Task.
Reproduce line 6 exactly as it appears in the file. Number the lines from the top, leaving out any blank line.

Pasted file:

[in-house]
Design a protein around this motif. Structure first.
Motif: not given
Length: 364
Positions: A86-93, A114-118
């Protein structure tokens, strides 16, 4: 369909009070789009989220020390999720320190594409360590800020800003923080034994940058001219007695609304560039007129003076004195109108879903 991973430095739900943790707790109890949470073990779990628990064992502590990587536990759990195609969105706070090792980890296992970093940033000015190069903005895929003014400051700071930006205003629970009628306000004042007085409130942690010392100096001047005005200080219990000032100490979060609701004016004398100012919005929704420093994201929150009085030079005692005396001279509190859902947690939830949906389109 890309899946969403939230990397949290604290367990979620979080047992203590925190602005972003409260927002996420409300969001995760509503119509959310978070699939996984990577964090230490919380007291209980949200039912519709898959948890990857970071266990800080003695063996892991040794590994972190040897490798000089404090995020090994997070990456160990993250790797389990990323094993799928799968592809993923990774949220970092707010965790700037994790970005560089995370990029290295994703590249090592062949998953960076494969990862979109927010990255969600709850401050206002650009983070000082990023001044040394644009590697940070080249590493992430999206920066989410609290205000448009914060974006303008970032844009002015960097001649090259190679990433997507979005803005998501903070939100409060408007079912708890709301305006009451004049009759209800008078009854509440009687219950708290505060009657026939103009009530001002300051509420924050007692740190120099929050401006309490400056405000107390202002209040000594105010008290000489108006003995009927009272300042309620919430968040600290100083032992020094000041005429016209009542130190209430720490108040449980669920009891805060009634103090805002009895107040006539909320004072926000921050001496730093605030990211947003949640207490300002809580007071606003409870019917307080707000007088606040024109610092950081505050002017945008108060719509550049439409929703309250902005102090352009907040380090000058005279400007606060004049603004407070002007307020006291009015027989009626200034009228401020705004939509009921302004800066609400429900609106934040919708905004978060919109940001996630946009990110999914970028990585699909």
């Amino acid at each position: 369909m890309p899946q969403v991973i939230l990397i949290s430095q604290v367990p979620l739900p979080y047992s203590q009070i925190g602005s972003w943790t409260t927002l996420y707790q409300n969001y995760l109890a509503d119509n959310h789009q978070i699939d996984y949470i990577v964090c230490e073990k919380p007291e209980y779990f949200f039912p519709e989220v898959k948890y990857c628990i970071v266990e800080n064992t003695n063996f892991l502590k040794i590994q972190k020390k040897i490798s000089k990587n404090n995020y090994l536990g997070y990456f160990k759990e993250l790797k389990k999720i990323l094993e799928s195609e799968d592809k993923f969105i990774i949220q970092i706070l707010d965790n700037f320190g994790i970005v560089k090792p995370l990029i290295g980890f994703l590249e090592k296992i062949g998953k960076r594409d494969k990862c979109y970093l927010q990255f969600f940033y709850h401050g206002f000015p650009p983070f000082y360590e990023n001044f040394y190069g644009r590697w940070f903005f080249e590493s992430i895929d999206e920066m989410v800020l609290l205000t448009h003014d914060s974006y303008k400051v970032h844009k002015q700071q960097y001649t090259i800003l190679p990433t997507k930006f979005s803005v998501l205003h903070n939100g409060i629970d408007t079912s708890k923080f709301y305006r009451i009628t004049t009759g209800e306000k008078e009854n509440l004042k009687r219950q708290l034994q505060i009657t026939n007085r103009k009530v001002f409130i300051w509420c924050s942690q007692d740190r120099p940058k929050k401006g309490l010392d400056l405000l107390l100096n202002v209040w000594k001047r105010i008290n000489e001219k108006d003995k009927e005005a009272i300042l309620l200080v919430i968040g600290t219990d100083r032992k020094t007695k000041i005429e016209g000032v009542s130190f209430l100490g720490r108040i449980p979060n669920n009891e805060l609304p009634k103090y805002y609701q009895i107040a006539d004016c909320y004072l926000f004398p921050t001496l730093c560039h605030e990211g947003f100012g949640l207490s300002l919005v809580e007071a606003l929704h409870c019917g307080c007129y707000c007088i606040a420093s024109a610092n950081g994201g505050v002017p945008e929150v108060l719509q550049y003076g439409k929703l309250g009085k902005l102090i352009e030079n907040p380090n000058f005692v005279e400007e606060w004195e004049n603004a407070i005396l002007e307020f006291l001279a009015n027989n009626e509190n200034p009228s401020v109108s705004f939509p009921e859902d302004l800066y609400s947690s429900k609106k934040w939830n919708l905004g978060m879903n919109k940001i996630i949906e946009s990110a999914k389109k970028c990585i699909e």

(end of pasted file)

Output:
């Protein structure tokens, strides 16, 4: 369909009070789009989220020390999720320190594409360590800020800003923080034994940058001219007695609304560039007129003076004195109108879903 991973430095739900943790707790109890949470073990779990628990064992502590990587536990759990195609969105706070090792980890296992970093940033000015190069903005895929003014400051700071930006205003629970009628306000004042007085409130942690010392100096001047005005200080219990000032100490979060609701004016004398100012919005929704420093994201929150009085030079005692005396001279509190859902947690939830949906389109 890309899946969403939230990397949290604290367990979620979080047992203590925190602005972003409260927002996420409300969001995760509503119509959310978070699939996984990577964090230490919380007291209980949200039912519709898959948890990857970071266990800080003695063996892991040794590994972190040897490798000089404090995020090994997070990456160990993250790797389990990323094993799928799968592809993923990774949220970092707010965790700037994790970005560089995370990029290295994703590249090592062949998953960076494969990862979109927010990255969600709850401050206002650009983070000082990023001044040394644009590697940070080249590493992430999206920066989410609290205000448009914060974006303008970032844009002015960097001649090259190679990433997507979005803005998501903070939100409060408007079912708890709301305006009451004049009759209800008078009854509440009687219950708290505060009657026939103009009530001002300051509420924050007692740190120099929050401006309490400056405000107390202002209040000594105010008290000489108006003995009927009272300042309620919430968040600290100083032992020094000041005429016209009542130190209430720490108040449980669920009891805060009634103090805002009895107040006539909320004072926000921050001496730093605030990211947003949640207490300002809580007071606003409870019917307080707000007088606040024109610092950081505050002017945008108060719509550049439409929703309250902005102090352009907040380090000058005279400007606060004049603004407070002007307020006291009015027989009626200034009228401020705004939509009921302004800066609400429900609106934040919708905004978060919109940001996630946009990110999914970028990585699909």